By Rosanna Zhao, VI Form
Women’s Movement into the Medical Field in Late 19th Century America: Uncovering the Story of Elizabeth Blackwell
Section I. Introduction
“Medicine is so broad a field, so closely interwoven with general interests, dealing as it does with all ages, sexes and classes, and yet of so personal a character in its individual appreciations, that it must be regarded as one of those great departments of work in which the cooperation of men and women is needed to fulfill all its requirements.”
Elizabeth Blackwell, 1849
During the nineteenth century, most middle class women did not have a voice or place in the workforce outside the home. Instead, they served as housewives, taking care of the family by doing domestic chores, gardening, or nurturing their husbands and children. However, as the women’s rights movement took root with the Seneca Falls Convention in 1848, women began to fight for a role in the workplace and rebelled against the cult of domesticity. Although they faced obstacles along the way and gender equality in the workplace is still imperfect, there were many successes over the following 150 years.
Throughout the past several decades, the number of employed women increased drastically. Women in the labor force rose by an astonishing 257%. In the medical field, for example, there were no accredited female doctors in the first half of the nineteenth century, but women now make up over a third of doctors in the United States. This remarkable change had roots going back to the mid-nineteenth century, when more women strove to join professional fields, especially the medical field. For centuries, women such as abortionists and midwives had practiced forms of medicine, but the general public did not consider them to be legitimate physicians. Therefore, not only were more women trying to become integrated into the medical field as professional physicians, but they were also striving to attend medical school in order to prove that their knowledge and ability as physicians were equal to those of men. In the early nineteenth century, no medical schools admitted women. In this biased environment, many trailblazers paved the way to allow more women to attend medical schools and become physicians. One of the most notable trail blazers during the mid-nineteenth century was Elizabeth Blackwell, the first woman to earn a medical degree in the United States. Throughout her journey, Blackwell faced many obstacles. However, she was able to become a physician because she was able to persevere through the many challenges in her away.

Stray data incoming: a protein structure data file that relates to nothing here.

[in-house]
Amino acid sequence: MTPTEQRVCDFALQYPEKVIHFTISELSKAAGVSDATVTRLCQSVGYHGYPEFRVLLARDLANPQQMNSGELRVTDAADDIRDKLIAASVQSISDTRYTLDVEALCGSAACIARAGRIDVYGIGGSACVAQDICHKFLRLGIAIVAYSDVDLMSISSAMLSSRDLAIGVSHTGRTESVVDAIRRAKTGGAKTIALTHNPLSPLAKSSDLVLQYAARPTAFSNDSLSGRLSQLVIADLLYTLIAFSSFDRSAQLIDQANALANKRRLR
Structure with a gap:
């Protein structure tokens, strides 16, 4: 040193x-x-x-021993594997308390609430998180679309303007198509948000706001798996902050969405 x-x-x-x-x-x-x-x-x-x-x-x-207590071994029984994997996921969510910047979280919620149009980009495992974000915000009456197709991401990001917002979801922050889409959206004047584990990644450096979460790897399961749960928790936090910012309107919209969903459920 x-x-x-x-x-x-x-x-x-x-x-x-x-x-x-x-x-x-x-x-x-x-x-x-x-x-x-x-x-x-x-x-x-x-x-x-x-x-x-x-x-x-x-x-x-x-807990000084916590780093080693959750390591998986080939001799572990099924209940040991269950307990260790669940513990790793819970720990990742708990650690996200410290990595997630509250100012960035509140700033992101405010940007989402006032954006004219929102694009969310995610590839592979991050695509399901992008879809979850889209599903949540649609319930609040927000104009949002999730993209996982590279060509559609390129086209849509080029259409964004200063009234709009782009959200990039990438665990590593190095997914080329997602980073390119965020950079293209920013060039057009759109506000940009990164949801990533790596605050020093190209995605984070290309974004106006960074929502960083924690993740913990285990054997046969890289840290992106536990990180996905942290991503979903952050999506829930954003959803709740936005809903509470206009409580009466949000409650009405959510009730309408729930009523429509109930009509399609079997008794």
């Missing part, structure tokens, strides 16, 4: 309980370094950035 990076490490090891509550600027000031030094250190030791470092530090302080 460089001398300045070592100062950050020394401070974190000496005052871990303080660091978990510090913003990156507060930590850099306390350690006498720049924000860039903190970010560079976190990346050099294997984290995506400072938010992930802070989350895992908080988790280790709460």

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Rosanna Zhao is a VI Form boarding student from Shanghai, China. She enjoys playing tennis, singing spontaneously, and hanging out with her friends.